Sex differences in heat loss responses are dependent on body size and not sex, meaning that larger individuals sweat more than smaller ones during cycle exercise in warm and tolerable conditions. That's what research published today in Experimental Physiology shows.
The body cools itself down in two main ways: sweating and increasing circulation to the skin's surface. Body shape and size dictates which of these two is relied upon for heat loss. The study found that smaller males and females with more surface area per kilogram of body mass are more dependent on heat loss through increasing circulation and less dependent upon sweating.
These findings by scientists from the University of Wollongong in Australia and Mie Prefectural College of Nursing in Japan call into question the conventional belief that women and men always respond differently to heat stress.
The scientists looked at skin blood flow and sweating responses in 36 men and 24 women. They performed two trials (one of light exercise and the other of moderate) at 28 degrees Celsius and 36% humidity. These are conditions where the body is able to mitigate the additional heat produced during exercise and prevent further rises in body temperature by increasing sweating and blood flow to the skin. The same body temperature changes were observed in all participants within each trial regardless of sex.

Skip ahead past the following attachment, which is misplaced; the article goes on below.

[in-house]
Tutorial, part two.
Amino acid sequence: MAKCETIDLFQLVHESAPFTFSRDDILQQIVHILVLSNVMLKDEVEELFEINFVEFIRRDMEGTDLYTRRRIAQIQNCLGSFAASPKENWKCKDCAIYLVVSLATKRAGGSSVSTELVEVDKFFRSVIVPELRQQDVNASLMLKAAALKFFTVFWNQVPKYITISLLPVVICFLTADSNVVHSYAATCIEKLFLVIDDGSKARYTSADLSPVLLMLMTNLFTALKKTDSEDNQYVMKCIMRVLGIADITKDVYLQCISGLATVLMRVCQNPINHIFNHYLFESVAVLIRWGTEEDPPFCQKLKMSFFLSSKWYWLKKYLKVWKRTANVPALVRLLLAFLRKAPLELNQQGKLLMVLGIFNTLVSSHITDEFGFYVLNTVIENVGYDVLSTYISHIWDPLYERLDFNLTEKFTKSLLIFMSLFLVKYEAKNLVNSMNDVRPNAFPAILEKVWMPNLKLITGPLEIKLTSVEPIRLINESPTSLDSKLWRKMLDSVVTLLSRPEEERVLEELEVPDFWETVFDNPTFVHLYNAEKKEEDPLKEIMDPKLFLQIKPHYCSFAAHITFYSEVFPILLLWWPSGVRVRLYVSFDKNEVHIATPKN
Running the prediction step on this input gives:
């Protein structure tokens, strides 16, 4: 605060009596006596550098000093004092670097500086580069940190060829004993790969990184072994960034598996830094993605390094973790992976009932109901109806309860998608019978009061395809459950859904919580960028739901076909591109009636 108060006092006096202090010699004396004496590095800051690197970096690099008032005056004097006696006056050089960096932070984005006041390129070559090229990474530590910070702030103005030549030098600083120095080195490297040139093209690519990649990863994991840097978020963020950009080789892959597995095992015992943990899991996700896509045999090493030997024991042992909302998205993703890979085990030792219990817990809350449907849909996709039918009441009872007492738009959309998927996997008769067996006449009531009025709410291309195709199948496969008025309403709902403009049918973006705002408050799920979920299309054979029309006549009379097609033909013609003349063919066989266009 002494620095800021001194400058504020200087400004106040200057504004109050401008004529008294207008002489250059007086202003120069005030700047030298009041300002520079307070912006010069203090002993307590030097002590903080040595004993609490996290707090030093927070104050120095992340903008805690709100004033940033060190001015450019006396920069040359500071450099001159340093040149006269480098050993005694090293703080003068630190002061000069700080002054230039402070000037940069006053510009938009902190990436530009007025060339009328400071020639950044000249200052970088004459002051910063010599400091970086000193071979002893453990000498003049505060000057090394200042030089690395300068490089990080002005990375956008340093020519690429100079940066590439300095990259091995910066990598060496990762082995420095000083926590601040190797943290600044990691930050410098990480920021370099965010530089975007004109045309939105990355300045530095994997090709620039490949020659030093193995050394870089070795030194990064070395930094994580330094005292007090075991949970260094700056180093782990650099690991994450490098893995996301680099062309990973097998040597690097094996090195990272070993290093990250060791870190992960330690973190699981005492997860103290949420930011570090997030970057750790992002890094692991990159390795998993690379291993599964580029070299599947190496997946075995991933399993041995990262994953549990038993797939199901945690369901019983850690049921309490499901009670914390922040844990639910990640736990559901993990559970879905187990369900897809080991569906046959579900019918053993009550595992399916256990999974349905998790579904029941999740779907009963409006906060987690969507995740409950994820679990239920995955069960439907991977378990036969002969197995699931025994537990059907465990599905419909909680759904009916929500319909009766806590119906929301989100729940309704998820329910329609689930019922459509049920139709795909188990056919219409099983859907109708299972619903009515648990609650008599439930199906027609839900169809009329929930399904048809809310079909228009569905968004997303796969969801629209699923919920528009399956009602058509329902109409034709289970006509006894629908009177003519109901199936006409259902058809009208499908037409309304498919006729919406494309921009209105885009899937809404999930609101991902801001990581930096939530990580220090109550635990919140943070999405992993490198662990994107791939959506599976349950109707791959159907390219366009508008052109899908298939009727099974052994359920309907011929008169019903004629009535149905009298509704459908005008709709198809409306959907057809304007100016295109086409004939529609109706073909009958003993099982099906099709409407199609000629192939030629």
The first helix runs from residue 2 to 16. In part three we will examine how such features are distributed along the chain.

Lead author Sean Notley said:
'Gender has long been thought to influence sweating and skin blood flow during heat stress. We found that these heat loss responses are, in fact, gender independent during exercise in conditions where the body can successfully regulate its temperature.'
Notes for Editors
1. Full paper title: Variations in body morphology explain gender differences in thermoeffector function during compensable heat stress. DOI: 10.1113/EP086112
Link to paper http://onlinelibrary.
2. Experimental Physiology publishes translation and integration of research, specifically manuscripts that deal with both physiological and pathophysiological questions that investigate gene/protein function using molecular, cellular and whole animal approaches. http://ep.
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